Billionaire business mogul Mark Cuban defended
Democratic presidential nominee Hillary Clinton from allegations that the Clinton Foundation was involved in a “pay to play” scheme while she was serving as secretary of state.
Cuban, the owner of the NBA’s Dallas Mavericks and star of ABC’s “Shark Tank,” told CNN’s Don Lemon in a Monday night interview that he sees nothing wrong with the activities of the Clinton Foundation while the former secretary of state held that post.
“So let’s put it in context,” Cuban said of the allegation that foundation donors got special access to the state department when Clinton ran it. “Bill Clinton has a dramatically more valuable and bigger brand globally than Donald Trump. Bill Clinton as a brand for the rest of the world outside the United States is enormous. He was the leader of the free world for eight years. He knows how to do things in ways that Donald Trump and pretty much anybody else unless you were president don’t — you know, only they know.”
“And so for him to go out globally and talk to foreign nations and say, look, you know, I can help you, I can help you deal with issues that, you know, I’ve seen, that are unique to you, that apply to, you know, health initiatives, we’re dealing with these health initiatives through the Clinton Global Initiative, the Clinton Foundation, and so I want you to donate to the Clinton Foundation,” he continued. “In exchange, and yes, there is an exchange, right? I’ll help you where I can because I have knowledge that nobody else has and I can help you.”
He said that although some “might not like this,” Cuban said it’s also how “my friends and my business associates deal with me when people try to pitch businesses.”
“Along the way, is it fair for him to say, look, is there something that has to do with Hillary, we’ll get somebody to send an email,” Cuban said. “Now, if there’s a good reason for her to meet with you, fine, and if not, fine. But it’s her decision and let me just tell you, it rarely happens. Just like my friends say to other people it rarely happens that Mark invests in businesses.”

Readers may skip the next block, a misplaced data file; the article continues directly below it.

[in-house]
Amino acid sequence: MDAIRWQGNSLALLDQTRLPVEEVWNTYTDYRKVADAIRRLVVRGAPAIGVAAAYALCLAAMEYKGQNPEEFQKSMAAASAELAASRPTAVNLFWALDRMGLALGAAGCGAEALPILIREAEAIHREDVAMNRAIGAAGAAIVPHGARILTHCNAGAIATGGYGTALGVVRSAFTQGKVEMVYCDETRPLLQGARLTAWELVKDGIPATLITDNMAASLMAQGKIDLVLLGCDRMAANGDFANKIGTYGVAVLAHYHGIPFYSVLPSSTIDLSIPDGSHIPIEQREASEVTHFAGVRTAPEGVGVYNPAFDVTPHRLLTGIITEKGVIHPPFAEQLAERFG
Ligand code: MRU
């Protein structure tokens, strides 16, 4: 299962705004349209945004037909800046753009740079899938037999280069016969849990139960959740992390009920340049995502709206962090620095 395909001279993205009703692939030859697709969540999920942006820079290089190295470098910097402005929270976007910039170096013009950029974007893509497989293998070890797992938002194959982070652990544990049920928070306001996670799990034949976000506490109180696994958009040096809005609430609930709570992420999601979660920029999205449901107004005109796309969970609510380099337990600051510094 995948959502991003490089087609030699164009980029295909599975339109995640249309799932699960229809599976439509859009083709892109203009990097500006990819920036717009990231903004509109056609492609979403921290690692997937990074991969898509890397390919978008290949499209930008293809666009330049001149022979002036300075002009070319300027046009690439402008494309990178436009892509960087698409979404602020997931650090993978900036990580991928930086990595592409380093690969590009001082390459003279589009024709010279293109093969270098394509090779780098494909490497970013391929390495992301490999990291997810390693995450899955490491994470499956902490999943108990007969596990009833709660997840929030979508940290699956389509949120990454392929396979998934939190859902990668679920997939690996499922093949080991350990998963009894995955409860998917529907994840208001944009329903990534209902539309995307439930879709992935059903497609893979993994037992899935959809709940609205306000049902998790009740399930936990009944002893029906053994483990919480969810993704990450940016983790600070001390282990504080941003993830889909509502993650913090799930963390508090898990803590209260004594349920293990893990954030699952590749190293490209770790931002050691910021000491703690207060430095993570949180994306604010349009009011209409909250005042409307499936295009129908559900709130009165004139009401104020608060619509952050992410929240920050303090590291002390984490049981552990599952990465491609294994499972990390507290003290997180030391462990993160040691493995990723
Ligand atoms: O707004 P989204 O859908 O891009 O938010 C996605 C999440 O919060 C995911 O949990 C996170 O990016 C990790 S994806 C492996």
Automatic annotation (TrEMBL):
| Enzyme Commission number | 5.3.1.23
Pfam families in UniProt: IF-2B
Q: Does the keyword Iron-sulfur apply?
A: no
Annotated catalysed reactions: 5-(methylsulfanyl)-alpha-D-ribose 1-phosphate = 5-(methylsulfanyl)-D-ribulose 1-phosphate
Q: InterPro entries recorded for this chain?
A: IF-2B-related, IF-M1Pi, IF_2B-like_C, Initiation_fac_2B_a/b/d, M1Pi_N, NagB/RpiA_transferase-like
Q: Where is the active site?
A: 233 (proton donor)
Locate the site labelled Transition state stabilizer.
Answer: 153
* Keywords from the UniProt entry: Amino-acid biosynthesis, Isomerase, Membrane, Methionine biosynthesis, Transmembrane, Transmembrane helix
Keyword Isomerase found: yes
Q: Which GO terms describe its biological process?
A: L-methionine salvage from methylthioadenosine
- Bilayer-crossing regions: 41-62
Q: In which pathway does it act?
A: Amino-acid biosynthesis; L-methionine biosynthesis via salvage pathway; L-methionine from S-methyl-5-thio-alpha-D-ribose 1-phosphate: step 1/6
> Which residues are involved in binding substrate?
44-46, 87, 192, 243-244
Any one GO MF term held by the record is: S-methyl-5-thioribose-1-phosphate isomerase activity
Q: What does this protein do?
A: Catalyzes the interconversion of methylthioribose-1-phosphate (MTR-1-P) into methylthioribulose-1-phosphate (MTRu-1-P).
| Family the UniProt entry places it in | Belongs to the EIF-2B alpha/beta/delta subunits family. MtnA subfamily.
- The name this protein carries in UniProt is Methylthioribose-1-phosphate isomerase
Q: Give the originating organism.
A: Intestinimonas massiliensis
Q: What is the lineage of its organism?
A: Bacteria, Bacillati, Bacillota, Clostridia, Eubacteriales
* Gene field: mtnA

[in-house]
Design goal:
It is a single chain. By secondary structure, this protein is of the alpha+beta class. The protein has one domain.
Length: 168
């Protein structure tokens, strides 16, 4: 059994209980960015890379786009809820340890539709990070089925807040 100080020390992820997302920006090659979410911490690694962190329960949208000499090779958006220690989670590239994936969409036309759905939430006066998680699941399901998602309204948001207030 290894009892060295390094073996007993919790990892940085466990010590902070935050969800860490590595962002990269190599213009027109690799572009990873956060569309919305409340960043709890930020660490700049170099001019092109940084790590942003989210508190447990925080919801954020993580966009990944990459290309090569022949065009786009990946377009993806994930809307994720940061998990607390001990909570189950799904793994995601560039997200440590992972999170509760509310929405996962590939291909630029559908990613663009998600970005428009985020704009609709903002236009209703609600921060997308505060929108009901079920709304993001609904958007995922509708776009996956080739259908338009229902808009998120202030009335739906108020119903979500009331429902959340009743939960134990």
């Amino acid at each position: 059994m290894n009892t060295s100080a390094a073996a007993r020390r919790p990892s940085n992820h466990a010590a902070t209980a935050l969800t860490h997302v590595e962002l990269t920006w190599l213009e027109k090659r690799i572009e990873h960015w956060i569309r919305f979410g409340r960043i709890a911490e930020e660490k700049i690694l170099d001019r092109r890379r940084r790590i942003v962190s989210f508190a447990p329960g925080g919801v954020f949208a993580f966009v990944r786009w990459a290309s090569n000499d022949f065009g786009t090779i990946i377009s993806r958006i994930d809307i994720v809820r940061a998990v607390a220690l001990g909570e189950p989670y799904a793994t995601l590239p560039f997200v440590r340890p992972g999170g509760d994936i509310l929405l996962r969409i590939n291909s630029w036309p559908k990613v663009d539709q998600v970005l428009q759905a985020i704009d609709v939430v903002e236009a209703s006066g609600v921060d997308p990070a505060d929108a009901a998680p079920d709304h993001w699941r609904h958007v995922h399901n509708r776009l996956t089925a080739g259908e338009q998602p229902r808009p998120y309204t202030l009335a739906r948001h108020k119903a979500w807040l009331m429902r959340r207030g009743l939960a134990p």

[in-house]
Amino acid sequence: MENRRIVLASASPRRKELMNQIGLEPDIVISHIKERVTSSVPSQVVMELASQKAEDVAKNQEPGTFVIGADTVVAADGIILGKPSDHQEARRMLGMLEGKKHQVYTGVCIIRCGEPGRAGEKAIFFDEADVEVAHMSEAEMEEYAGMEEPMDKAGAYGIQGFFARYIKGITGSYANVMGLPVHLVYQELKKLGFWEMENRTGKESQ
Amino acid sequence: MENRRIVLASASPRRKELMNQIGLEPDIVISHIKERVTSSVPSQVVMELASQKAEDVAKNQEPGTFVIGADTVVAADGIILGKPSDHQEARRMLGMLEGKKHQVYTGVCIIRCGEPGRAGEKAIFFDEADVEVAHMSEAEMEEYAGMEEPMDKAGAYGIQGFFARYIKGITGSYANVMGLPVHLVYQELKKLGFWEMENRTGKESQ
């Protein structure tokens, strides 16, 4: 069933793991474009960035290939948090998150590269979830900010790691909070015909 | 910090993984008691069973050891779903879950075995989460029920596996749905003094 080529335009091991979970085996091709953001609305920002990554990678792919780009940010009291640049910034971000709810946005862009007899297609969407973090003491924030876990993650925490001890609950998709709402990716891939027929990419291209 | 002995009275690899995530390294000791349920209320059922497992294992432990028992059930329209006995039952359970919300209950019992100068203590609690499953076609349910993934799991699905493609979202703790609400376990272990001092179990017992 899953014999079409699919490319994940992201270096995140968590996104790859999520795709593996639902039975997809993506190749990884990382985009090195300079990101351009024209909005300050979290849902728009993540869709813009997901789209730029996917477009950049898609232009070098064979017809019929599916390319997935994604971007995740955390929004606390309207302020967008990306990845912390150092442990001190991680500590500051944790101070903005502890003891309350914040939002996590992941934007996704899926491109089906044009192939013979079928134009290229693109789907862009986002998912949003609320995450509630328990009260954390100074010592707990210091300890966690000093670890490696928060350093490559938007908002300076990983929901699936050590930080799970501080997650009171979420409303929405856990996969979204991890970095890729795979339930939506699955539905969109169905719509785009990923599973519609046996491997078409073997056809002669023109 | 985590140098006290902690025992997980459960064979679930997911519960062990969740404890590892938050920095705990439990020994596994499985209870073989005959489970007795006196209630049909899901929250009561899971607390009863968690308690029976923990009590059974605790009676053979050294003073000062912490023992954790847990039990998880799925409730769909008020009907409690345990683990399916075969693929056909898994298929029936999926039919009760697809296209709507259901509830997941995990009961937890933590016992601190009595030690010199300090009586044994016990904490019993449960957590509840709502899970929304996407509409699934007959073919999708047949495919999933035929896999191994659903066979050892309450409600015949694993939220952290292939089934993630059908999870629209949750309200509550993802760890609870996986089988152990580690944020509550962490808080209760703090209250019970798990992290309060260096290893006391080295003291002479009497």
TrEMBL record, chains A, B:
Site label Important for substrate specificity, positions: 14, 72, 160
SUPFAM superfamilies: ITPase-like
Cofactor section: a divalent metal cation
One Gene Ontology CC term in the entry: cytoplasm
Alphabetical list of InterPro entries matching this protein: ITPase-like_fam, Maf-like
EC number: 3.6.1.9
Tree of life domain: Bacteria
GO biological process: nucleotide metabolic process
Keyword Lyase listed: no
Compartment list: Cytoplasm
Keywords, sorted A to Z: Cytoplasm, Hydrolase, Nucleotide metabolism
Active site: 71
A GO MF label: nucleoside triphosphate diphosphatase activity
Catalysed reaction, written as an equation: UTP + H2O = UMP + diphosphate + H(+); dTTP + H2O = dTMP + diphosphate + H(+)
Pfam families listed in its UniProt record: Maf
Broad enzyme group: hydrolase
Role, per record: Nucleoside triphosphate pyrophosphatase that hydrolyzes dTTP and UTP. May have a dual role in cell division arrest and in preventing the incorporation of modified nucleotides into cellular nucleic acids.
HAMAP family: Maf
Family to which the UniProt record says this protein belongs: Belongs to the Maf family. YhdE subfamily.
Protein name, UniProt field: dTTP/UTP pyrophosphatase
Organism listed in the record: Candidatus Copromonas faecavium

The difference between Trump, the Manhattan billionaire and current Republican nominee, and the former president, he said, is that Trump “sells his name for hotels in exchange for a check” while “Bill Clinton uses his experience and provides help to a lot of foreign countries, a lot of other organisations, and in exchange, he provides them support.”
“But rather than having the check written to himself, OK, you can say other than some speeches, the money goes to the foundation,” Cuban said. “Big difference. And I don’t see anything wrong with that even in the least bit.”
The latest allegations of impropriety came after Judicial Watch, a conservative watchdog organisation, published emails that it claimed proved Clinton gave donors special access to the State Department while she was running it.
Clinton had denied such allegations in July, and her campaign chairman dismissed the allegations in a statement last week.
“The Foundation has already laid out the unprecedented steps the charity will take if Hillary Clinton becomes president,” campaign chair John Podesta wrote.
Multiple outlets’ editorial boards have called for Clinton to cut ties to the foundation, and Trump has seized on the foundation controversy in his latest round of attacks against the former secretary of state.
Cuban endorsed Democratic nominee Hillary Clinton at a rally in Pittsburgh, his hometown, last month. He called Trump a “jagoff” — a popular, demeaning slang term frequently used in western Pennsylvania — during the event. The bombastic billionaire has ripped Trump repeatedly on social media in recent months.
Earlier in the cycle, Cuban expressed interest in serving as either Trump’s or Clinton’s running mate before souring on the real-estate magnate’s candidacy. In a Monday tweet, he wrote that he knew there “was no chance [that being picked as a running mate] was happening.”
Watch Cuban’s comments below:
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